We present a sublinear time algorithm that allows one to sample multiple edges from a distribution that is pointwise εclose to the uniform distribution, in an amortizedefficient fashion. We consider the adjacency list query model, where access to a graph G is given via degree and neighbor queries.
The problem of sampling a single edge in this model has been raised by Eden and Rosenbaum (SOSA 18). Let n and m denote the number of vertices and edges of G, respectively. Eden and Rosenbaum provided upper and lower bounds of Θ^*(n/√ m) for sampling a single edge in general graphs (where O^*(⋅) suppresses poly(1/ε) and poly(log n) dependencies). We ask whether the query complexity lower bound for sampling a single edge can be circumvented when multiple samples are required. That is, can we get an improved amortized persample cost if we allow a preprocessing phase? We answer in the affirmative.
We present an algorithm that, if one knows the number of required samples q in advance, has an overall cost that is sublinear in q, namely, O^*(√ q ⋅(n/√ m)), which is strictly preferable to O^*(q⋅ (n/√ m)) cost resulting from q invocations of the algorithm by Eden and Rosenbaum.
Subsequent to a preliminary version of this work, Tětek and Thorup (arXiv, preprint) proved that this bound is essentially optimal.
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SublinearTime Algorithms for Counting Star Subgraphs via Edge Sampling
We study the problem of estimating the value of sums of the form Sp≜∑(xip) when one has the ability to sample xi≥0 with probability proportional to its magnitude. When p=2, this problem is equivalent to estimating the selectivity of a selfjoin query in database systems when one can sample rows randomly. We also study the special case when {xi} is the degree sequence of a graph, which corresponds to counting the number of pstars in a graph when one has the ability to sample edges randomly. Our algorithm for a (1±ε)multiplicative approximation of Sp has query and time complexities O(mloglognϵ2S1/pp). Here, m=∑xi/2 is the number of edges in the graph, or equivalently, half the number of records in the database table. Similarly, n is the number of vertices in the graph and the number of unique values in the database table. We also provide tight lower bounds (up to polylogarithmic factors) in almost all cases, even when {xi} is a degree sequence and one is allowed to use the structure of the graph to try to get a better estimate. We are not aware of any prior lower bounds on the problem of join selectivity estimation. For the graph problem, prior work which assumed the ability to sample only vertices uniformly gave algorithms with matching lower bounds (Gonen et al. in SIAM J Comput 25:1365–1411, 2011). With the ability to sample edges randomly, we show that one can achieve faster algorithms for approximating the number of star subgraphs, bypassing the lower bounds in this prior work. For example, in the regime where Sp≤n, and p=2, our upper bound is O~(n/S1/2p), in contrast to their Ω(n/S1/3p) lower bound when no random edge queries are available. In addition, we consider the problem of counting the number of directed paths of length two when the graph is directed. This problem is equivalent to estimating the selectivity of a join query between two distinct tables. We prove that the general version of this problem cannot be solved in sublinear time. However, when the ratio between indegree and outdegree is bounded—or equivalently, when the ratio between the number of occurrences of values in the two columns being joined is bounded—we give a sublinear time algorithm via a reduction to the undirected case.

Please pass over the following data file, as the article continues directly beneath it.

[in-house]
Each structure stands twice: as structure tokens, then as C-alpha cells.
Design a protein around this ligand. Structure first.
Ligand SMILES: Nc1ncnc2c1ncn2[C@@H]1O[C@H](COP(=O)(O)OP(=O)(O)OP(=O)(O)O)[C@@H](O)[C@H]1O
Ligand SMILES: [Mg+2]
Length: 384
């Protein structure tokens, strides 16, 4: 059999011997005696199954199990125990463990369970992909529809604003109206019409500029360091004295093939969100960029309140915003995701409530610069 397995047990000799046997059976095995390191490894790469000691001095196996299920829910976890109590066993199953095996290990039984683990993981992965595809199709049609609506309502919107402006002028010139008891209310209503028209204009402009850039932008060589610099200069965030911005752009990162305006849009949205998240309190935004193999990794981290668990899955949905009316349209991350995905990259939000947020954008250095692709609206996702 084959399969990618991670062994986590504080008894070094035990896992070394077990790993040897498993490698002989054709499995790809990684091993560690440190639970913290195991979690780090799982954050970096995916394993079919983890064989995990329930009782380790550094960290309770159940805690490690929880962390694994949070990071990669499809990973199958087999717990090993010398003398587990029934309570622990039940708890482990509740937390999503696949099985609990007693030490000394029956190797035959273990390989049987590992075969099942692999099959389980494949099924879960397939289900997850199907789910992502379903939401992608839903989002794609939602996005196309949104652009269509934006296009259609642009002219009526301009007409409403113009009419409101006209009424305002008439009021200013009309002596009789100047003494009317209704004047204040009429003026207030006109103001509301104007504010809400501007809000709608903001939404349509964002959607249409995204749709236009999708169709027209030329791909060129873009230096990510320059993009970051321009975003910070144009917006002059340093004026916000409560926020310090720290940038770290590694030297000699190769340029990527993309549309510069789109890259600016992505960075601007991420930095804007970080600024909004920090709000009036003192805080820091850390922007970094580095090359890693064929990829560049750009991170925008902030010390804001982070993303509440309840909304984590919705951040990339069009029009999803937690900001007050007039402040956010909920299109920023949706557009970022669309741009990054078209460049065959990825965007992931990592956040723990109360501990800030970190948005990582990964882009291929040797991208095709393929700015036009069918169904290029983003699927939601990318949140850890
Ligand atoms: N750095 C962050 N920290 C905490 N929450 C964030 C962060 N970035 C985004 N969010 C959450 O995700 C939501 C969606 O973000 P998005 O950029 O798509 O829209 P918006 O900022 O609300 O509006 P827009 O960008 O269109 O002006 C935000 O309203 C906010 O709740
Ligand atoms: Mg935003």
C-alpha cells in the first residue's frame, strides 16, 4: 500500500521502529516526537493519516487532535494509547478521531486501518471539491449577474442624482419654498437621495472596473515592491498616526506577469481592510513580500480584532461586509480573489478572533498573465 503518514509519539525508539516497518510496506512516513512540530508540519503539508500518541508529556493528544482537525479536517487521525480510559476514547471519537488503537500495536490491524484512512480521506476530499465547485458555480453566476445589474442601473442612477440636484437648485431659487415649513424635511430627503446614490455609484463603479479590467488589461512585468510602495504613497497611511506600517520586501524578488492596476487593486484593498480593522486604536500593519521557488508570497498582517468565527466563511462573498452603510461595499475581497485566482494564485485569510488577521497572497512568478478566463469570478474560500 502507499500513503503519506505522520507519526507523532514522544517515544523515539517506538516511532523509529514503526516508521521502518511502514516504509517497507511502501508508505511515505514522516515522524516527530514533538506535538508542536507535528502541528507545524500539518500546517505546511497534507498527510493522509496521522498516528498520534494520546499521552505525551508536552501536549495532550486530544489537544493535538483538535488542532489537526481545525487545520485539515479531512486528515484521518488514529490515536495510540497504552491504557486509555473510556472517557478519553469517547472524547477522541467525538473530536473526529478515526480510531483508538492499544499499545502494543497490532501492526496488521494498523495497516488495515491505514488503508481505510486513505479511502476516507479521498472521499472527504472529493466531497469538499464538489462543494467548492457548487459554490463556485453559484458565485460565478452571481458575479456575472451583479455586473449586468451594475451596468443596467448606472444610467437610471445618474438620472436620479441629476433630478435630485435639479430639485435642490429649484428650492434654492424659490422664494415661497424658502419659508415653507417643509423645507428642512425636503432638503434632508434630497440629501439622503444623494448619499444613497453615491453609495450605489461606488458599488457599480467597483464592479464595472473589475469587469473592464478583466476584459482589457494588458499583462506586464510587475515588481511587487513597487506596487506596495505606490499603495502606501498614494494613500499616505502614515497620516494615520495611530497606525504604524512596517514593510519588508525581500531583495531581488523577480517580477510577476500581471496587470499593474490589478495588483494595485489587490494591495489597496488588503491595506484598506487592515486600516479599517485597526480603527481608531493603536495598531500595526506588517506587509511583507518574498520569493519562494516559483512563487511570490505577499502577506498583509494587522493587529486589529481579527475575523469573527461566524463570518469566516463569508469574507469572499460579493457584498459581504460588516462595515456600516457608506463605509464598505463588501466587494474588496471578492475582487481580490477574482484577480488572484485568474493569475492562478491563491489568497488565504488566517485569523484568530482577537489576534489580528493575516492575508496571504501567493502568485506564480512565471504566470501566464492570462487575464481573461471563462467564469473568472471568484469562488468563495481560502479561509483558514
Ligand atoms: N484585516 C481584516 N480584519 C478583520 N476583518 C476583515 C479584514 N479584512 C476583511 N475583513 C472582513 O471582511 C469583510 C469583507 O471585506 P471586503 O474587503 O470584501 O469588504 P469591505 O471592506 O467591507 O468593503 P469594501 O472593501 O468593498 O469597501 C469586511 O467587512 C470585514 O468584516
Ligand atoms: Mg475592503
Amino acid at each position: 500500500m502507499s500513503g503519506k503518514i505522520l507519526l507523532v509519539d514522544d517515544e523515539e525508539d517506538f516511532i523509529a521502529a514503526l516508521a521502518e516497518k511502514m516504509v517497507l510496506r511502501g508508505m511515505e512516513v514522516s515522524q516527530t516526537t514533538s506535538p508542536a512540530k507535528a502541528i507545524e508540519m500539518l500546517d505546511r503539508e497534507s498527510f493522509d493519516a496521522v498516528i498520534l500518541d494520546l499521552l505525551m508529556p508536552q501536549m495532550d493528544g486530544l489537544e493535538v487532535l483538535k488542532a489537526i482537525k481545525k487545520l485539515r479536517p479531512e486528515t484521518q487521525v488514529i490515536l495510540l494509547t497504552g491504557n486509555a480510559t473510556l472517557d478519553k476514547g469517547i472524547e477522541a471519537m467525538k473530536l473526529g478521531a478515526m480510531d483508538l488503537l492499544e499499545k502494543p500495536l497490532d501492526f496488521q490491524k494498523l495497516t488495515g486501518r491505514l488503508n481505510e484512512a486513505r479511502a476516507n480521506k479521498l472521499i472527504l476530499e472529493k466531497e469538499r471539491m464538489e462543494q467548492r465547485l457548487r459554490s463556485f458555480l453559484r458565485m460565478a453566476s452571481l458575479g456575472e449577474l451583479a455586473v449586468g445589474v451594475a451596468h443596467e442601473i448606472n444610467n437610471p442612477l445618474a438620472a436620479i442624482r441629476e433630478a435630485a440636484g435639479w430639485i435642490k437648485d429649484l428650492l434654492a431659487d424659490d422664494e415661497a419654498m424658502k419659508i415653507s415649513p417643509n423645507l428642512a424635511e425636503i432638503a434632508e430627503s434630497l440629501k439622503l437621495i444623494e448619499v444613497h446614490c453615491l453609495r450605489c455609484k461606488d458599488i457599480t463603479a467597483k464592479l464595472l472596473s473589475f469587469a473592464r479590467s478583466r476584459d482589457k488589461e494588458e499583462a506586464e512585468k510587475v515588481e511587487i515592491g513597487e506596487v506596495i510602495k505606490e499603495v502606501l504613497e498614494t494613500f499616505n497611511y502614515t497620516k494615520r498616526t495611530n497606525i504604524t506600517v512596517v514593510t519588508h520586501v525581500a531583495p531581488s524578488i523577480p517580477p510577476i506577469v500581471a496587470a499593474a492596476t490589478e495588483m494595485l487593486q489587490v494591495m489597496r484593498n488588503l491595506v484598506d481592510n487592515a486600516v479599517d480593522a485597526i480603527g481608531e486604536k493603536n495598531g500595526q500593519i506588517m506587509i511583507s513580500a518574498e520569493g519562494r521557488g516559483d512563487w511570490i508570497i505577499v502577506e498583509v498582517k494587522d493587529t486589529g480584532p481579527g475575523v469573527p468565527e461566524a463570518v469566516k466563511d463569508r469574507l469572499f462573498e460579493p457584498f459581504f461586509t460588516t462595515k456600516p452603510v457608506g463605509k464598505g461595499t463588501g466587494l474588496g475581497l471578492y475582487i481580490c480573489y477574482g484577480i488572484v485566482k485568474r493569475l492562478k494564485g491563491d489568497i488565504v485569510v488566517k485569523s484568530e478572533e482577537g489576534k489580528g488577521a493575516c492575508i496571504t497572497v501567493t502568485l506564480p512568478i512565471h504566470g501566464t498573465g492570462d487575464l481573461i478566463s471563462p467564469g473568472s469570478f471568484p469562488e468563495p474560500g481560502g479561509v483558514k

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 NSFPAR ID:
 10026250
 Date Published:
 Journal Name:
 Algorithmica
 ISSN:
 01784617
 Format(s):
 Medium: X
 Sponsoring Org:
 National Science Foundation
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We present a sublinear time algorithm that allows one to sample multiple edges from a distribution that is pointwise ϵclose to the uniform distribution, in an amortizedefficient fashion. We consider the adjacency list query model, where access to a graph G is given via degree and neighbor queries. The problem of sampling a single edge in this model has been raised by Eden and Rosenbaum (SOSA 18). Let n and m denote the number of vertices and edges of G, respectively. Eden and Rosenbaum provided upper and lower bounds of Θ∗(n/ √ m) for sampling a single edge in general graphs (where O ∗(·) suppresses poly(1/ϵ) and poly(log n) dependencies). We ask whether the query complexity lower bound for sampling a single edge can be circumvented when multiple samples are required. That is, can we get an improved amortized persample cost if we allow a preprocessing phase? We answer in the affirmative. We present an algorithm that, if one knows the number of required samples q in advance, has an overall cost that is sublinear in q, namely, O∗(√ q · (n/ √ m)), which is strictly preferable to O∗(q · (n/ √ m)) cost resulting from q invocations of the algorithm by Eden and Rosenbaum. Subsequent to a preliminary version of this work, Tětek and Thorup (arXiv, preprint) proved that this bound is essentially optimal.more » « less

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